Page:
The Maine legislature’s Veterans and Legal Affairs Committee has made progress on developing a regulatory framework for sports betting in the state, though a number of key elements are yet to be finalized.
A working session was held yesterday (May 20) on Legislative Document 553, a proposal filed by Senator Louis Luchini, who chairs the committee. It currently contains no detail and must be fleshed out in committee before it can go before the state House and Senate.
The discussions saw the committee reach a consensus on formalising the minimum age limit for sports betting at 21 years old, over an 18+ age limit.
There was also support for setting licence fees for sports betting suppliers and managed service providers at $20,000. It looks as if operators will have to renew these licences every two years, for a renewal fee of $20,000.
However, the sports betting tax rate is yet to be set, with committee members suggesting rates of between 8% and 15% of gross gaming revenue.
Testimony from industry stakeholders backed a lower tax rate, with DraftKings senior manager for government affairs Christopher Cipolla noting that licensed operators must compete against offshore operators not subject to tax or other regulatory costs.
“Barriers to market entry, such as high taxes and fees, cut into an operator’s profit and reduce their ability to offer competitive pricing, a significant factor for consumers when making the decision on where to spend their money,” Cipolla said.
Penn National Gaming’s vice president of public affairs and government relations, Jeff Morris, meanwhile, noted that sports betting was not a vertical that generated significant tax revenue for states. He pointed out that New Jersey operators generated revenue of just $12.7m from more than $320m in wagers in February.
For every $100 wagered, Morris said, operators would receive on average $5. This would be whittled down to $1 when federal excise tax, state tax, and operating expenses including betting data, data analytics, labor and marketing was factored in.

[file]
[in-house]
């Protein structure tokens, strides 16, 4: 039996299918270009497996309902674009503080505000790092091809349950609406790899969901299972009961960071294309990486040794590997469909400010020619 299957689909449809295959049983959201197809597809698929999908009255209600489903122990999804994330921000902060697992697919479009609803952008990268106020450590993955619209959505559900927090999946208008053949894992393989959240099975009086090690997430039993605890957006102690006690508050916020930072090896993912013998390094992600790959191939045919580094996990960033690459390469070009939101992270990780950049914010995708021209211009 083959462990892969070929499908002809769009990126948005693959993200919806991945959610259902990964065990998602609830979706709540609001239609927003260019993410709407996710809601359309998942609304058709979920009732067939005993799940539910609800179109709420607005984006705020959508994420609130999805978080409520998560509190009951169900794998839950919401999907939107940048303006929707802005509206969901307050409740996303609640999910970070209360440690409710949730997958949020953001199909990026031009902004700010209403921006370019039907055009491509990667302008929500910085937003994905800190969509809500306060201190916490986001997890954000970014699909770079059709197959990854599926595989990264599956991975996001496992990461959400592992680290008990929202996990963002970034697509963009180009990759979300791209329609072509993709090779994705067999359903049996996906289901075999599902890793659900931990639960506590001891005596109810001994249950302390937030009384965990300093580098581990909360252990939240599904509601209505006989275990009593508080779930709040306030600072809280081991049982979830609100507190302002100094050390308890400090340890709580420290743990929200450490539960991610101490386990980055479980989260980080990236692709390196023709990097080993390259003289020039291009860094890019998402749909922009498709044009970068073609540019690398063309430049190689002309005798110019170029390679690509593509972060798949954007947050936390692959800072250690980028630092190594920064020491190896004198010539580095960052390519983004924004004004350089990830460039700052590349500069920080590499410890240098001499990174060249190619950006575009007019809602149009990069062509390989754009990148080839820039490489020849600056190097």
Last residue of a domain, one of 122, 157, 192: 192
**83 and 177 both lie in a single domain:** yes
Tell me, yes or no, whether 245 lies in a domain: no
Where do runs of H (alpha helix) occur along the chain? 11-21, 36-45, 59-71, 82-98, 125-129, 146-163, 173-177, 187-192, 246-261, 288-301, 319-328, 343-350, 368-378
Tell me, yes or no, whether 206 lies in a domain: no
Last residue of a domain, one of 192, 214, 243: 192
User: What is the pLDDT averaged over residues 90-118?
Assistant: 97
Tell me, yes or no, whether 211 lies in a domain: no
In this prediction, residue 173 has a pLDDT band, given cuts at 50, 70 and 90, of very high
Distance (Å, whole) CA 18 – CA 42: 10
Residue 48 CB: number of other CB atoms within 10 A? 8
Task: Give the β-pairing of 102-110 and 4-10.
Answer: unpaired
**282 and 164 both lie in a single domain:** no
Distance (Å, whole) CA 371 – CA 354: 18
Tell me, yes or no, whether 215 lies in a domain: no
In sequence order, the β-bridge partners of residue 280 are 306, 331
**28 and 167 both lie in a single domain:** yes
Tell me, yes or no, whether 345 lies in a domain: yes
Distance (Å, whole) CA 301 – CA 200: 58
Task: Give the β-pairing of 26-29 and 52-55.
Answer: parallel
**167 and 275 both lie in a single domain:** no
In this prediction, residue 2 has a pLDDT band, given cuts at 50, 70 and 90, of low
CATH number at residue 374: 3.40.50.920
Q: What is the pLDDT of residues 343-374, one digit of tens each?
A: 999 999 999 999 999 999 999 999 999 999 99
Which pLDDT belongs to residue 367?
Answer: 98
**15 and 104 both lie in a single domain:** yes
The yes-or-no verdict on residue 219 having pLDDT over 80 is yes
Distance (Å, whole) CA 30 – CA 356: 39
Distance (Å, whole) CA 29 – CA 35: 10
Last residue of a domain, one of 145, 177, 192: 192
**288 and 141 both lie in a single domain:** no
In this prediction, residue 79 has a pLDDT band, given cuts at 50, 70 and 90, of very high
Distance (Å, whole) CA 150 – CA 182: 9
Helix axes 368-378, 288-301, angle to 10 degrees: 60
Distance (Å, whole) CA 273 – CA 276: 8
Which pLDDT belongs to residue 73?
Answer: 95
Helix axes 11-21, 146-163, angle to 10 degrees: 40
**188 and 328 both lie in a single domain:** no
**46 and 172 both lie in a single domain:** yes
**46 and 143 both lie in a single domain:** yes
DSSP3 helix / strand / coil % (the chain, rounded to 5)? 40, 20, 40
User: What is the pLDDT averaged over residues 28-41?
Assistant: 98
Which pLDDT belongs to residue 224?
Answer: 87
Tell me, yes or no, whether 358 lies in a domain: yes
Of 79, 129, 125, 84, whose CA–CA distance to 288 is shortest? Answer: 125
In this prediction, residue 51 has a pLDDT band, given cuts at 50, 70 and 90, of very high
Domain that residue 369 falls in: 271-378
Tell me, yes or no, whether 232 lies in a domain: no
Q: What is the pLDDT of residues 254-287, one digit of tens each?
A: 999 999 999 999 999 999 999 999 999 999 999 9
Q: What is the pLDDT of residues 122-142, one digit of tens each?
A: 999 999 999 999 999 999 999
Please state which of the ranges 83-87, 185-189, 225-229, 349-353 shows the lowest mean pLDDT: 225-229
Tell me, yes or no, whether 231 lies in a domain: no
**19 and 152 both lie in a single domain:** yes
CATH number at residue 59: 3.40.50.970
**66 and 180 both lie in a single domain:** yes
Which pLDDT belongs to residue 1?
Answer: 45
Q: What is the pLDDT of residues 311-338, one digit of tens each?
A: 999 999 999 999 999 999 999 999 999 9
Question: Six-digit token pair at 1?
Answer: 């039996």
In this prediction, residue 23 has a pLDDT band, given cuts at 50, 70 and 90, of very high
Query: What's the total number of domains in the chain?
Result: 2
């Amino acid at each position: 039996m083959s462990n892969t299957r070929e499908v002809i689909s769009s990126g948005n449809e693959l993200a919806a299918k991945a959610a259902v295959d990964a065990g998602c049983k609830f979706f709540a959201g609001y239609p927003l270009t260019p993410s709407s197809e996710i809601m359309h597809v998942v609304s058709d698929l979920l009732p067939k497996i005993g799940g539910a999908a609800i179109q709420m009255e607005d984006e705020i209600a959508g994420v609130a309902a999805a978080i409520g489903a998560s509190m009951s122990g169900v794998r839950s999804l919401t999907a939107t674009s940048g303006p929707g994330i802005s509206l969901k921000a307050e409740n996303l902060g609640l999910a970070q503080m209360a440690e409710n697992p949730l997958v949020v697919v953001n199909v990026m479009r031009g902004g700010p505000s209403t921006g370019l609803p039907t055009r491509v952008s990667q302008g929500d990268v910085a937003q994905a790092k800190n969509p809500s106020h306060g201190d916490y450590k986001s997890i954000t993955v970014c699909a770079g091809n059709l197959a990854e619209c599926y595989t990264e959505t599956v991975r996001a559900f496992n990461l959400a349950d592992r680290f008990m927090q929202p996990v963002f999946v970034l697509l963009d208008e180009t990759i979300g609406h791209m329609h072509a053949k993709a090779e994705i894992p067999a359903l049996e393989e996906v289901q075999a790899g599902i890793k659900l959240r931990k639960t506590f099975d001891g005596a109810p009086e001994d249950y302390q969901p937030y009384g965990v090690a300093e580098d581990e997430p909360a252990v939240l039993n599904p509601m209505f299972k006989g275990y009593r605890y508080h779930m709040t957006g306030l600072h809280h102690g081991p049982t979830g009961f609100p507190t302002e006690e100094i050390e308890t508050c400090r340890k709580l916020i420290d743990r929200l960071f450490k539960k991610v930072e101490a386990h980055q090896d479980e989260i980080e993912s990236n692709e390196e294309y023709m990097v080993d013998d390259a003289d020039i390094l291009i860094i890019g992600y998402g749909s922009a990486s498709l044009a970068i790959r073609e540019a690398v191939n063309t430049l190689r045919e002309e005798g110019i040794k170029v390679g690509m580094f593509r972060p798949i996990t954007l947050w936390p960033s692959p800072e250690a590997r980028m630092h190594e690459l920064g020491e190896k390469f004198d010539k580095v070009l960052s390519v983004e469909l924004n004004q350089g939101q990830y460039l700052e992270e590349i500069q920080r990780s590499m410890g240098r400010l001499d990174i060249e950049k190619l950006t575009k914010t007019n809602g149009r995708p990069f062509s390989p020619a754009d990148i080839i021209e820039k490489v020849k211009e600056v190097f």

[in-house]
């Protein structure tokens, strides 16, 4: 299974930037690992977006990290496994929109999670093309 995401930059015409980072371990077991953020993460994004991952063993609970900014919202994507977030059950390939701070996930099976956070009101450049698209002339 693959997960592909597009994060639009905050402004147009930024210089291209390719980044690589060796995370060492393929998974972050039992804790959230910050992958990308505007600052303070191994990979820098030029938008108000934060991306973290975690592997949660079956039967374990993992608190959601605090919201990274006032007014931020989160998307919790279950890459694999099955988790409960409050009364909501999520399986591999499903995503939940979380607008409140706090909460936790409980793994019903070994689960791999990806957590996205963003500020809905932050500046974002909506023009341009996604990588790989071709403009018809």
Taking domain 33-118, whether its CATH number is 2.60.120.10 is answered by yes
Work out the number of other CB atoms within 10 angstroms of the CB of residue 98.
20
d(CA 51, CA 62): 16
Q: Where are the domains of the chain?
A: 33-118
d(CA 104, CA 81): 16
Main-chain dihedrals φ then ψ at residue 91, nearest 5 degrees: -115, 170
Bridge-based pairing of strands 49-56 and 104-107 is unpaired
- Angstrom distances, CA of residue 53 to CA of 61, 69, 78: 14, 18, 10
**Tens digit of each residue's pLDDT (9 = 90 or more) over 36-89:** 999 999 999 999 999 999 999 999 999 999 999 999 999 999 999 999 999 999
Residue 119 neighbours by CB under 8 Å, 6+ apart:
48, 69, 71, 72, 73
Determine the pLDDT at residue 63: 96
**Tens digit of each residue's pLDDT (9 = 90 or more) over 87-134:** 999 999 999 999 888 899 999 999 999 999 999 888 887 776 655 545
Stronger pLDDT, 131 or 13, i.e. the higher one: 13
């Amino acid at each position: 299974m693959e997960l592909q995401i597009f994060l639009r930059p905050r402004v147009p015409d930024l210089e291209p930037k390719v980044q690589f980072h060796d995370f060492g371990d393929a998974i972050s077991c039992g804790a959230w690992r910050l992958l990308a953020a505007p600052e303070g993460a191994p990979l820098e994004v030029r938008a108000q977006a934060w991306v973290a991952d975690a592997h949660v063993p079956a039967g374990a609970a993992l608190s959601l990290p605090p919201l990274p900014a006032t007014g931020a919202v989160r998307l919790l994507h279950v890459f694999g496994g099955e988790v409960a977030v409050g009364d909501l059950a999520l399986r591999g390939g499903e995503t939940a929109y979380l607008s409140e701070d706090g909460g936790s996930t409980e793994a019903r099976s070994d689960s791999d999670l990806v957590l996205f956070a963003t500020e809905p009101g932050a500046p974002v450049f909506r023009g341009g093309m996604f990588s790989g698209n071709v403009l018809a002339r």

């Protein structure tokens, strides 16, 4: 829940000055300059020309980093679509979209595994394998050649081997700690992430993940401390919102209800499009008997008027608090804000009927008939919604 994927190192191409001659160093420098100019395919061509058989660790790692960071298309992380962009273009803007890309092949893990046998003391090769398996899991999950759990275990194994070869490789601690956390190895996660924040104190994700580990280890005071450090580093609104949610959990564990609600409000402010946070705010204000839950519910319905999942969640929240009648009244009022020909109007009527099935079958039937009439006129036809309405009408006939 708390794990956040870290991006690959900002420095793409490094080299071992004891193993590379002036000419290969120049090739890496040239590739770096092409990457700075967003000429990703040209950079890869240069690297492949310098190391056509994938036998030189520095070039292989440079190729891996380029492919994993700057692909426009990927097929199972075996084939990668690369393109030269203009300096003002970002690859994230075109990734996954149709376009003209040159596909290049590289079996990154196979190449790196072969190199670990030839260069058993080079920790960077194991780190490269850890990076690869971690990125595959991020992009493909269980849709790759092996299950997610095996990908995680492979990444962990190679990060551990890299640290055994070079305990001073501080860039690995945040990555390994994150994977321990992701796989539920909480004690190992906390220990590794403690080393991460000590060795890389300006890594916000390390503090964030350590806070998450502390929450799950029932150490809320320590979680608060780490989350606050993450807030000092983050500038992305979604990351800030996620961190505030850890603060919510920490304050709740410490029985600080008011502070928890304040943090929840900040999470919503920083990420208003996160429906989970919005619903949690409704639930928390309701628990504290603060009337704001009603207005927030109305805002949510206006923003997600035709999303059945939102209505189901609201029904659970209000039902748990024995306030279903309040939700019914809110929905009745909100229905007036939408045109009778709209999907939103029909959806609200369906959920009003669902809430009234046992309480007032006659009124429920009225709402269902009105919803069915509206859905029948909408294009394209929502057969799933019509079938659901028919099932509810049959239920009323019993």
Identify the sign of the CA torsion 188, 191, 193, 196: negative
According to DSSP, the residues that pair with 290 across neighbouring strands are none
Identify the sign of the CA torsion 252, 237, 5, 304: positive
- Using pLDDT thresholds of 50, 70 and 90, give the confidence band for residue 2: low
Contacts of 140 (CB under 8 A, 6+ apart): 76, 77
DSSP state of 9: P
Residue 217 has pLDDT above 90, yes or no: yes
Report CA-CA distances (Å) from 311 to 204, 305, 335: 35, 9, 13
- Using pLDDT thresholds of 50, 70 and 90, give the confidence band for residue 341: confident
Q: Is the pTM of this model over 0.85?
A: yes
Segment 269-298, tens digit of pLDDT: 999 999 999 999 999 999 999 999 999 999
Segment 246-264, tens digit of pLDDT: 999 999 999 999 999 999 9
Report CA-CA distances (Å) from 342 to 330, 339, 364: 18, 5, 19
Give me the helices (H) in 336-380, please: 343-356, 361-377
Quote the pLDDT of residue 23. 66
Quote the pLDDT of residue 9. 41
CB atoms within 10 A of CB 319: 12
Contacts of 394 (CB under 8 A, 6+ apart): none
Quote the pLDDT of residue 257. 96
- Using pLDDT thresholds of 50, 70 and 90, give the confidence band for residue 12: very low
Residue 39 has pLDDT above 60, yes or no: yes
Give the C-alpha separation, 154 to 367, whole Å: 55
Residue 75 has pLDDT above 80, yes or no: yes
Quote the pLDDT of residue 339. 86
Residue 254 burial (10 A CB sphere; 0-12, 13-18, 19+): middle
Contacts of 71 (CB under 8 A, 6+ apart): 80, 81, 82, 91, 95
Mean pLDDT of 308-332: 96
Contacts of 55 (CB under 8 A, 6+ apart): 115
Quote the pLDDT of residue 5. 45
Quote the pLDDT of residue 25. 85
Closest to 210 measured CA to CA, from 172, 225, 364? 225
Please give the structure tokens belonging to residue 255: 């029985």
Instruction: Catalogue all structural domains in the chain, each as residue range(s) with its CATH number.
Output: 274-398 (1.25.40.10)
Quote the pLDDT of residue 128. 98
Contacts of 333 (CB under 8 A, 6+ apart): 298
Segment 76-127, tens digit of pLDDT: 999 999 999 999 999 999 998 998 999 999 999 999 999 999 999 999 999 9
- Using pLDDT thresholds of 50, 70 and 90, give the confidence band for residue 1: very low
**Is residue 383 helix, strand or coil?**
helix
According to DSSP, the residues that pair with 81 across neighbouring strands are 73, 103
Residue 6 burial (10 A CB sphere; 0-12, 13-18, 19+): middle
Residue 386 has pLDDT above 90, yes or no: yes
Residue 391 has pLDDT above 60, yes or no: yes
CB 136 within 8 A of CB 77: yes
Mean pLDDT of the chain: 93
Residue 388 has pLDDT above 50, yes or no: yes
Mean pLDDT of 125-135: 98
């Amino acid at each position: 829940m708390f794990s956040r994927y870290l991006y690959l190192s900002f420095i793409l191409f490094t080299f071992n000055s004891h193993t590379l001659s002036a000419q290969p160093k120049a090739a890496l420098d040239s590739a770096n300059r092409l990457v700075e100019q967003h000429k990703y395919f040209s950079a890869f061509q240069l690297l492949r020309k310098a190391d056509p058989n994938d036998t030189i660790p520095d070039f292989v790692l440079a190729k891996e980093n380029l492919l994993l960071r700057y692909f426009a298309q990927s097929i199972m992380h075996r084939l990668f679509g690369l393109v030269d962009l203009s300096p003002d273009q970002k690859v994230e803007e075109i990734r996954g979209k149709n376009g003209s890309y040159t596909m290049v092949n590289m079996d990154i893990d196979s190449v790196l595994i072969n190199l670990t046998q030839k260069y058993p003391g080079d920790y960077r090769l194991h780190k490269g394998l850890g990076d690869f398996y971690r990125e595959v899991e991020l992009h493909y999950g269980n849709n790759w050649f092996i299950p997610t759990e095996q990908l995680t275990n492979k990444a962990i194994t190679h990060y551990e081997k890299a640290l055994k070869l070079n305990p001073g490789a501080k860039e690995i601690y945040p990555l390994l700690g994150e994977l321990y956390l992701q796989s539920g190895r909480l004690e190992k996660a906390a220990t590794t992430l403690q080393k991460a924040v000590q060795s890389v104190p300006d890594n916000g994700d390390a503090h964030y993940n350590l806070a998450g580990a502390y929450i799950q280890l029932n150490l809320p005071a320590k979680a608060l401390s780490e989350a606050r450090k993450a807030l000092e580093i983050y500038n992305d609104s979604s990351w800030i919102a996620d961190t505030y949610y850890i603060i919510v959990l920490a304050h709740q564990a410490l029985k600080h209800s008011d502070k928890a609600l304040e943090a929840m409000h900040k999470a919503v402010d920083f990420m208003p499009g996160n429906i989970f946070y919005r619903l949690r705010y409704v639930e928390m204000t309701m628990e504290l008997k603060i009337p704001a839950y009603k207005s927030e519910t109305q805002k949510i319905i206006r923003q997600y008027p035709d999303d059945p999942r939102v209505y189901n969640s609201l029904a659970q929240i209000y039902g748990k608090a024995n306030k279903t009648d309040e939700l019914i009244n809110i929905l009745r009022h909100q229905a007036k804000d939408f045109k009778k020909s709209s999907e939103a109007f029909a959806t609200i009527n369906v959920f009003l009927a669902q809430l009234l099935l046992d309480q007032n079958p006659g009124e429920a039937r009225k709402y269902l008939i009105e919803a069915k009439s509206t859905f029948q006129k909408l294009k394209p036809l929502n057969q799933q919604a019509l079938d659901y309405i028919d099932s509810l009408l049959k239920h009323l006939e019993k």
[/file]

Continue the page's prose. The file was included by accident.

“With all of this in mind, it is critical that sports betting only be offered by licensed casino gaming operators at an appropriate tax rate,” he said.
There was also additional uncertainty over mobile wagering, namely the legislation would require all mobile offerings to be linked to a bricks and mortar facility. The committee appeared split between only allowing mobile operators to launch with a land-based partner, and allowing these operators to go it alone in the state.
Jim Day, who operates Maine’s Winner’s Circle off-track betting facility in Lewistown, cautioned against allowing companies with no physical presence in the state to launch mobile wagering.
“Sports wagering should augment our established businesses, which support jobs for Maine people,” Day explained. “Mobile is a large percentage of sports wagering and it should benefit Maine business, not undermine Maine business as we have substantial investments in our companies. The bricks and mortar should operate their own mobile platform.”
Don Barberino, operator of the off-track facilities in Waterville and Sanford, noted that 85% of sports wagering takes place via mobile devices, meaning that mobile-only operators would undermine the bricks and mortar businesses. This, he said, had already happened to the state’s harness racing industry, with commercial tracks and OTBs unable to compete against out-of-state operators.
PNG’s Morris echoed these calls, going as far as to suggest a phased mobile launch which would see customers required to register for an account at a land-based venue for up to 18 months after legislation was enacted.
However, a definitive decision was not taken on the issue before the committee hearing adjourned. The Veterans and Legal Affairs Committee next meets on Thursday (May 22).